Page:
How does a film about two men and a woman planning the biggest bank heist of the century before all thoughts of committing criminal activities are wiped out of your mind sound to thriller fans out there? With a stunning trailer, Netflix enthusiasts were banking on the movie becoming an epic, but unfortunately viewers were left robbed.
The latest Netflix film, “The Last Days of American Crime”, which is an adaption of the Rick Remender and Greg Tocchini’s 2009 graphic novel of the same name, brings viewers to a time in near future in which the US has become a fascist police state. The film opens with a TV news broadcast about the so-called American Peace Initiative Programme which has been created by the US government to combat crimes and terrorism.
The broadcast announces that in one week, the government will release a mind-control radio signal which will prevent would be criminals from committing offenses, sparking anarchy in the streets as people try to flee the country.
The government even installs a huge count-down clock in public to signify the release of the mind-control beam.
In response, the son of a rich crime family, Kevin Cash (Michael Pitt), wants to be responsible for the last crime in America, setting his sights on the biggest bank heist in history.
To fulfill his dream, he teams up with his fiancée, Shelby Dupree (Anna Brewster) and hacker genius and experienced bank robber Graham Bricke (Édgar Ramírez) who wants revenge against the government.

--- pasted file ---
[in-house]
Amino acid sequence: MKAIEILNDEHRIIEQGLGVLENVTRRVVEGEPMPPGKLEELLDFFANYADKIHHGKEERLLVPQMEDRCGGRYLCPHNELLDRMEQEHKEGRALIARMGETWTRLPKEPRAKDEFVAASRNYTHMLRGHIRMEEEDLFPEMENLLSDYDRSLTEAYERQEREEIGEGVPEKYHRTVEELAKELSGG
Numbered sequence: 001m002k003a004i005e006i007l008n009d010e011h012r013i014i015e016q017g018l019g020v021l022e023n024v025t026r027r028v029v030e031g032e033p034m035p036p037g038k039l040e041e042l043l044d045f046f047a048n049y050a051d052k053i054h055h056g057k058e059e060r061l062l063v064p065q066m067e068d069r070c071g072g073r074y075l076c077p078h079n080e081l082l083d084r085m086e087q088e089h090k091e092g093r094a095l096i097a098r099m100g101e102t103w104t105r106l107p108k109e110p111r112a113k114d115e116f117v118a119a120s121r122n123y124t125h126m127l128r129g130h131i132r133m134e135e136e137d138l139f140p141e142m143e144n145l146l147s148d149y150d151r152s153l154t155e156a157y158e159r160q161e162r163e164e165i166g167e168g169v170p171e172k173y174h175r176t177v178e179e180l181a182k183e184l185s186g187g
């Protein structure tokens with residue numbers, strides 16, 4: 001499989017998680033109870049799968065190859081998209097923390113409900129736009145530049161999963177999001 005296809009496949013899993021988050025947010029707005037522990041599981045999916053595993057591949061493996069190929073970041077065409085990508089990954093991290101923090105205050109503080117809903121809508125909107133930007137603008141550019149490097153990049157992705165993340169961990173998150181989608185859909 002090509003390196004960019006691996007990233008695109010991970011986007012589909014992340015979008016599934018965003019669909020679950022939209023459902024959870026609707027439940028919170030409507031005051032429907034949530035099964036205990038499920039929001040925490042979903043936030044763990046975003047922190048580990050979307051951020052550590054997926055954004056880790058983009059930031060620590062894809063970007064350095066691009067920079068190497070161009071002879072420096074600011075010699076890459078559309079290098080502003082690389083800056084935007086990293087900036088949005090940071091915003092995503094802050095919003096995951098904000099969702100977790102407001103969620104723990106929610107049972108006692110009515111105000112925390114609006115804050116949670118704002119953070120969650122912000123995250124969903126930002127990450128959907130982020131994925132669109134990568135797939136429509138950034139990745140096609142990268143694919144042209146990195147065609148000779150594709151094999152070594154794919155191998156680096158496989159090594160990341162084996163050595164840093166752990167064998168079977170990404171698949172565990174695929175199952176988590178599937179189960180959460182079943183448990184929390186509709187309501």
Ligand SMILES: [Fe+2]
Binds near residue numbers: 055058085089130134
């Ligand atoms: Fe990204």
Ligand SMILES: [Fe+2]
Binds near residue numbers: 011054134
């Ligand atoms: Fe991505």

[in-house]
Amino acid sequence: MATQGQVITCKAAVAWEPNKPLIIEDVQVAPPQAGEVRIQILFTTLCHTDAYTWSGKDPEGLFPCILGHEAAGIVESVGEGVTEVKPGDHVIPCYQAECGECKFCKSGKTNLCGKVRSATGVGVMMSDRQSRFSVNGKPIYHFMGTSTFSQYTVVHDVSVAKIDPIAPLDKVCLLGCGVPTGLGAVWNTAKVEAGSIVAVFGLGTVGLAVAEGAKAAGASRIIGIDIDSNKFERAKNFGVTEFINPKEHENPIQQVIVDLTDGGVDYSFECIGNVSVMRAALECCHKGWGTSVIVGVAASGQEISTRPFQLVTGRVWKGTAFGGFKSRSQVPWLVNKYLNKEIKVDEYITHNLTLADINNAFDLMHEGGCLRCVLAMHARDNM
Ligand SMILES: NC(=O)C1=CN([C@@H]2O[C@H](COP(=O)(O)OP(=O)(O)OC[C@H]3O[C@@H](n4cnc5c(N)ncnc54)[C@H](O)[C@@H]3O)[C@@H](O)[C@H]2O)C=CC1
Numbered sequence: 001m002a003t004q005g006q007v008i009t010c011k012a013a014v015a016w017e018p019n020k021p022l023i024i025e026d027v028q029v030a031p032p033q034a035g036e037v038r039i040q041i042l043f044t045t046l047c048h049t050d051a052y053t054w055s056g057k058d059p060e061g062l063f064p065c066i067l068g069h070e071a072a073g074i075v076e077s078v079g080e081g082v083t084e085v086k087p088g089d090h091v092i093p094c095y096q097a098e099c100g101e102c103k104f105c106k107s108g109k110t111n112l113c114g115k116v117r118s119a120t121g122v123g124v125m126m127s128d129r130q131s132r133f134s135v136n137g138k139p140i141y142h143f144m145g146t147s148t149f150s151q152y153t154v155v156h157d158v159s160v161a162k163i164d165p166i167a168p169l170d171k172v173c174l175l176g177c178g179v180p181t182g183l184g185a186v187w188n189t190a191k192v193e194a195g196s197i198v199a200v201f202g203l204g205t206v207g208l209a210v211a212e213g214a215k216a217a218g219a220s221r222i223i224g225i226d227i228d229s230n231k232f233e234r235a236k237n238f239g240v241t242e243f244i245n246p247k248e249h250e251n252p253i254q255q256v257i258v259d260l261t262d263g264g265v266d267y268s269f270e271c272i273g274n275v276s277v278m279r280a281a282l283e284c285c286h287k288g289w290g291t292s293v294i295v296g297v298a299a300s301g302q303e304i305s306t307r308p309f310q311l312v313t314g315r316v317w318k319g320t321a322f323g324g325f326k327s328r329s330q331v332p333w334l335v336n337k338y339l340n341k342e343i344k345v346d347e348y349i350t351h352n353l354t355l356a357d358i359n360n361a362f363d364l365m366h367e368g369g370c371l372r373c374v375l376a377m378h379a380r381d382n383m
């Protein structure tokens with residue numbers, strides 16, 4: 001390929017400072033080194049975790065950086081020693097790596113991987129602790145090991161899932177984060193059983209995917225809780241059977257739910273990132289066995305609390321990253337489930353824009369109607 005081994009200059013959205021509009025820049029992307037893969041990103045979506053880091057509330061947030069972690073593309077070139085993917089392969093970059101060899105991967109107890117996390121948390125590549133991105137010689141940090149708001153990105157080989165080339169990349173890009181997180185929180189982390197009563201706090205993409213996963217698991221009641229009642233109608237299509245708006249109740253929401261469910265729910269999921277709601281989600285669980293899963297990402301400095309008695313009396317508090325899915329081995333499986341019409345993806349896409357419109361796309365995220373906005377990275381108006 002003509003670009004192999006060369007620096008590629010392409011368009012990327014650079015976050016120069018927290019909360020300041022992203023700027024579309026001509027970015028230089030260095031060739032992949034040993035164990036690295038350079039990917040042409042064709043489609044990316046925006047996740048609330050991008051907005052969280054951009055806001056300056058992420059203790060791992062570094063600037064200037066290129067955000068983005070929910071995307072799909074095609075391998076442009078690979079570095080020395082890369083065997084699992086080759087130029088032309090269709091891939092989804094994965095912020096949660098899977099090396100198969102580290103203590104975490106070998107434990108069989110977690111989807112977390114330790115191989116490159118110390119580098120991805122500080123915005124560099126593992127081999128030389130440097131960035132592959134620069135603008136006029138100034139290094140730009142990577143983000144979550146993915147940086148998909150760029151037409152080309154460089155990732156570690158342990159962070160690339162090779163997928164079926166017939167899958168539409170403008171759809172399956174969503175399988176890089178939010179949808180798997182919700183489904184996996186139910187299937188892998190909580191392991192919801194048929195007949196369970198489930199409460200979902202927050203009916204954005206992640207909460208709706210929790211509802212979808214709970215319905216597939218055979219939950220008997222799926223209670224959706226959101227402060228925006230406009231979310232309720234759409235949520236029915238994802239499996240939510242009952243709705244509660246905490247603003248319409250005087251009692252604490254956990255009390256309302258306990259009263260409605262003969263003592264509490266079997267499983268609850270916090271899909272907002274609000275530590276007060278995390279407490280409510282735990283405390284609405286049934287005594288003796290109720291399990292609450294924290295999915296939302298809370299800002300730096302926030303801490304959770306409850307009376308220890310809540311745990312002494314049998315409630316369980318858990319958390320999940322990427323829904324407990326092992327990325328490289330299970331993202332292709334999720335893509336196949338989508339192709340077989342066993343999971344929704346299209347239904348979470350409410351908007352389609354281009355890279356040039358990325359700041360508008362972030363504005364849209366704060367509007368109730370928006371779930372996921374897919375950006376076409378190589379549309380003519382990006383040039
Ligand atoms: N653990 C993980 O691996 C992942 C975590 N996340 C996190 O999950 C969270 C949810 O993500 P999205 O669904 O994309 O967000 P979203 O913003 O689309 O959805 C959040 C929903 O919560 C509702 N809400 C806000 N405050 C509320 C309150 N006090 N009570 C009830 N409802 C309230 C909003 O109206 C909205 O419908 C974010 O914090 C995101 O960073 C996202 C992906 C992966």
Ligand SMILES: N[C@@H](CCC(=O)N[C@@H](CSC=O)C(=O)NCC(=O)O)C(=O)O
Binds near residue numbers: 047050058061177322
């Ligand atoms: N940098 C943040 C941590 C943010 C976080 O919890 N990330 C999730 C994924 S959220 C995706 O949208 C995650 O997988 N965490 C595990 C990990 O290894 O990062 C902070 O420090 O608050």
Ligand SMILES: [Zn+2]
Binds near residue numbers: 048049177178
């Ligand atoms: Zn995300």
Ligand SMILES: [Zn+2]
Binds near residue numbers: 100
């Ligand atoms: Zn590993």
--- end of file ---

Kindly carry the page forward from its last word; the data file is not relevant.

Directed by Olivier Megaton, with screenwriting from Karl Gajdusek, viewers probably had high expectations for the thriller but unfortunately they were robbed of a classic.
The script does have an interesting dystopian hook, but the overall plot appears to be a flop. Despite the wider apocalyptic elements of the story being strong on paper, the narrative fails to develop and viewers are left with a tunnel-vision into a small part of the picture. This leads to an unfortunately predictable plot that lacks the engagement any good thriller induces.
Also, it is unnecessarily long, with viewers having to bare 149-minutes of dull screenplay and monotonous narrative.
Perhaps the weak script could have been fixed by good acting, but other than Edgar Ramirez offering few and far between quality action moments, he and the rest of the cast come across as ultimately bland. Michael Pitt overplays his role as a criminal psychopath almost satirically, while Anna Brewster does little to bring out coolness in her character.
As if terrible screenplay and wooden acting were not enough, the film also suffers from bad timing, with its premier on Netflix coinciding with the George Floyd protests. The dystopian outlook on the US state could have offered an interesting resemblance, or at least a juxtaposition given the current state of US politics. However the final product lacks any real realistic merit and despite the original comic and concept being so strong, the film adaption lacks any real impact other than some passable light viewing.
Unfortunately, it seems, the next classic Netflix thriller is still at large.
- Tags: Netflix